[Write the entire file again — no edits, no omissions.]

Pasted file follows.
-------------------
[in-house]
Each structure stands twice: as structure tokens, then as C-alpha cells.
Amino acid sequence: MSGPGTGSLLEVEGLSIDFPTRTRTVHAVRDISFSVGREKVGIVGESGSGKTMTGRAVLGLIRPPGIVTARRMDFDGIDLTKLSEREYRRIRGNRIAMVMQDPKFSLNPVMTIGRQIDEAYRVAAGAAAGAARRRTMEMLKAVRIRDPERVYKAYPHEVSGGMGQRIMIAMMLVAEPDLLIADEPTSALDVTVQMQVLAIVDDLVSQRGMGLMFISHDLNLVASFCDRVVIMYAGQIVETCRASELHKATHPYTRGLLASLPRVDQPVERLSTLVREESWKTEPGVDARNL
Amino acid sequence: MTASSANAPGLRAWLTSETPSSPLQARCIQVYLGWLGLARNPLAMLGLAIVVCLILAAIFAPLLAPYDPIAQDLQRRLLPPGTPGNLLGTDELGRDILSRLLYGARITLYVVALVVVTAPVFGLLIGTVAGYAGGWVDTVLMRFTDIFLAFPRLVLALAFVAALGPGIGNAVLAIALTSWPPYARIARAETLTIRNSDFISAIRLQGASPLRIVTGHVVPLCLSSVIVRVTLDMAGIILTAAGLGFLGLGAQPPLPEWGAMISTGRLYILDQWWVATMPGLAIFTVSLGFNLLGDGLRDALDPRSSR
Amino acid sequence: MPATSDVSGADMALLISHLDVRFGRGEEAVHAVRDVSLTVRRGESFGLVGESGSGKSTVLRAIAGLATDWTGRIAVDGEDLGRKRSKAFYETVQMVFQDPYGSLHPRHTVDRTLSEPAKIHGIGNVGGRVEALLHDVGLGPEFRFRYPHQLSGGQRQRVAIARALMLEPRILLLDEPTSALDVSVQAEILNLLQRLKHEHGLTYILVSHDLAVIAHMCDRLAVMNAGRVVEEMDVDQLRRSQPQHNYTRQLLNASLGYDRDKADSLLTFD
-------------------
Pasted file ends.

[in-house]
Each structure stands twice: as structure tokens, then as C-alpha cells.
Amino acid sequence: MSGPGTGSLLEVEGLSIDFPTRTRTVHAVRDISFSVGREKVGIVGESGSGKTMTGRAVLGLIRPPGIVTARRMDFDGIDLTKLSEREYRRIRGNRIAMVMQDPKFSLNPVMTIGRQIDEAYRVAAGAAAGAARRRTMEMLKAVRIRDPERVYKAYPHEVSGGMGQRIMIAMMLVAEPDLLIADEPTSALDVTVQMQVLAIVDDLVSQRGMGLMFISHDLNLVASFCDRVVIMYAGQIVETCRASELHKATHPYTRGLLASLPRVDQPVERLSTLVREESWKTEPGVDARNL
Amino acid sequence: MTASSANAPGLRAWLTSETPSSPLQARCIQVYLGWLGLARNPLAMLGLAIVVCLILAAIFAPLLAPYDPIAQDLQRRLLPPGTPGNLLGTDELGRDILSRLLYGARITLYVVALVVVTAPVFGLLIGTVAGYAGGWVDTVLMRFTDIFLAFPRLVLALAFVAALGPGIGNAVLAIALTSWPPYARIARAETLTIRNSDFISAIRLQGASPLRIVTGHVVPLCLSSVIVRVTLDMAGIILTAAGLGFLGLGAQPPLPEWGAMISTGRLYILDQWWVATMPGLAIFTVSLGFNLLGDGLRDALDPRSSR
Amino acid sequence: MPATSDVSGADMALLISHLDVRFGRGEEAVHAVRDVSLTVRRGESFGLVGESGSGKSTVLRAIAGLATDWTGRIAVDGEDLGRKRSKAFYETVQMVFQDPYGSLHPRHTVDRTLSEPAKIHGIGNVGGRVEALLHDVGLGPEFRFRYPHQLSGGQRQRVAIARALMLEPRILLLDEPTSALDVSVQAEILNLLQRLKHEHGLTYILVSHDLAVIAHMCDRLAVMNAGRVVEEMDVDQLRRSQPQHNYTRQLLNASLGYDRDKADSLLTFD